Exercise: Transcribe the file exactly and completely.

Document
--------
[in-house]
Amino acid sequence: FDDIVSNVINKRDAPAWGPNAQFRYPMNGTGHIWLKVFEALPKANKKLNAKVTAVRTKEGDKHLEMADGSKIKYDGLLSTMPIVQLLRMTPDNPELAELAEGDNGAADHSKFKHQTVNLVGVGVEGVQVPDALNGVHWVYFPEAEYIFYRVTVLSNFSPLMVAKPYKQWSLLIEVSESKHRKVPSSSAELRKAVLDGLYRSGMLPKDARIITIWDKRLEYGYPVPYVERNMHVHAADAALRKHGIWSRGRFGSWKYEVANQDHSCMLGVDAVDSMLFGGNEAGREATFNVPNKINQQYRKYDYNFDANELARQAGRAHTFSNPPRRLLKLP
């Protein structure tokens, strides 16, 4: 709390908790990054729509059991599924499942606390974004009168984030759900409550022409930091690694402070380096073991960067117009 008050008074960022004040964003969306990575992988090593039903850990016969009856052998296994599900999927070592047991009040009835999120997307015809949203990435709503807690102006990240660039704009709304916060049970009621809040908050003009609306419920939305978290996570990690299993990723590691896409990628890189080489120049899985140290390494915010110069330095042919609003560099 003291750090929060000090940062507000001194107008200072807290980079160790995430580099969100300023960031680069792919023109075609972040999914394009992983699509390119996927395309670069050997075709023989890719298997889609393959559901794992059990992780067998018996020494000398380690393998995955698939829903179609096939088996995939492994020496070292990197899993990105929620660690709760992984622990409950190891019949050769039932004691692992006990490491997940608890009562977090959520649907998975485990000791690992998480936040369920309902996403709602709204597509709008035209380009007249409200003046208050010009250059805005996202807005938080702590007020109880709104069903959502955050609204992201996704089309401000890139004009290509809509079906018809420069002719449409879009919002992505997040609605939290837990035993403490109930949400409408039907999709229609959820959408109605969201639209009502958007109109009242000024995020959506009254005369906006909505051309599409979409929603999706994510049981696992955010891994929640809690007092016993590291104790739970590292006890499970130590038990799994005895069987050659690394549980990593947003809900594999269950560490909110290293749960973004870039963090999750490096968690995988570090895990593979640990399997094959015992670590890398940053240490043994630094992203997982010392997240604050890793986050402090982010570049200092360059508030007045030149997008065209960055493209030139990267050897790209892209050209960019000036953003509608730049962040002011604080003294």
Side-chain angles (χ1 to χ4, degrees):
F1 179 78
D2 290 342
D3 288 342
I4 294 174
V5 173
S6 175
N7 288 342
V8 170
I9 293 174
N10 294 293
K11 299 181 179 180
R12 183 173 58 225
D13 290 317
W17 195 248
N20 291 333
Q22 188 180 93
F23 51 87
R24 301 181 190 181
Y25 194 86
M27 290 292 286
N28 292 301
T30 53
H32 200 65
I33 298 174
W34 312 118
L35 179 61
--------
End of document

[in-house]
Amino acid sequence: FDDIVSNVINKRDAPAWGPNAQFRYPMNGTGHIWLKVFEALPKANKKLNAKVTAVRTKEGDKHLEMADGSKIKYDGLLSTMPIVQLLRMTPDNPELAELAEGDNGAADHSKFKHQTVNLVGVGVEGVQVPDALNGVHWVYFPEAEYIFYRVTVLSNFSPLMVAKPYKQWSLLIEVSESKHRKVPSSSAELRKAVLDGLYRSGMLPKDARIITIWDKRLEYGYPVPYVERNMHVHAADAALRKHGIWSRGRFGSWKYEVANQDHSCMLGVDAVDSMLFGGNEAGREATFNVPNKINQQYRKYDYNFDANELARQAGRAHTFSNPPRRLLKLP
């Protein structure tokens, strides 16, 4: 709390908790990054729509059991599924499942606390974004009168984030759900409550022409930091690694402070380096073991960067117009 008050008074960022004040964003969306990575992988090593039903850990016969009856052998296994599900999927070592047991009040009835999120997307015809949203990435709503807690102006990240660039704009709304916060049970009621809040908050003009609306419920939305978290996570990690299993990723590691896409990628890189080489120049899985140290390494915010110069330095042919609003560099 003291750090929060000090940062507000001194107008200072807290980079160790995430580099969100300023960031680069792919023109075609972040999914394009992983699509390119996927395309670069050997075709023989890719298997889609393959559901794992059990992780067998018996020494000398380690393998995955698939829903179609096939088996995939492994020496070292990197899993990105929620660690709760992984622990409950190891019949050769039932004691692992006990490491997940608890009562977090959520649907998975485990000791690992998480936040369920309902996403709602709204597509709008035209380009007249409200003046208050010009250059805005996202807005938080702590007020109880709104069903959502955050609204992201996704089309401000890139004009290509809509079906018809420069002719449409879009919002992505997040609605939290837990035993403490109930949400409408039907999709229609959820959408109605969201639209009502958007109109009242000024995020959506009254005369906006909505051309599409979409929603999706994510049981696992955010891994929640809690007092016993590291104790739970590292006890499970130590038990799994005895069987050659690394549980990593947003809900594999269950560490909110290293749960973004870039963090999750490096968690995988570090895990593979640990399997094959015992670590890398940053240490043994630094992203997982010392997240604050890793986050402090982010570049200092360059508030007045030149997008065209960055493209030139990267050897790209892209050209960019000036953003509608730049962040002011604080003294």
Side-chain angles (χ1 to χ4, degrees):
F1 179 78
D2 290 342
D3 288 342
I4 294 174
V5 173
S6 175
N7 288 342
V8 170
I9 293 174
N10 294 293
K11 299 181 179 180
R12 183 173 58 225
D13 290 317
W17 195 248
N20 291 333
Q22 188 180 93
F23 51 87
R24 301 181 190 181
Y25 194 86
M27 290 292 286
N28 292 301
T30 53
H32 200 65
I33 298 174
W34 312 118
L35 179 61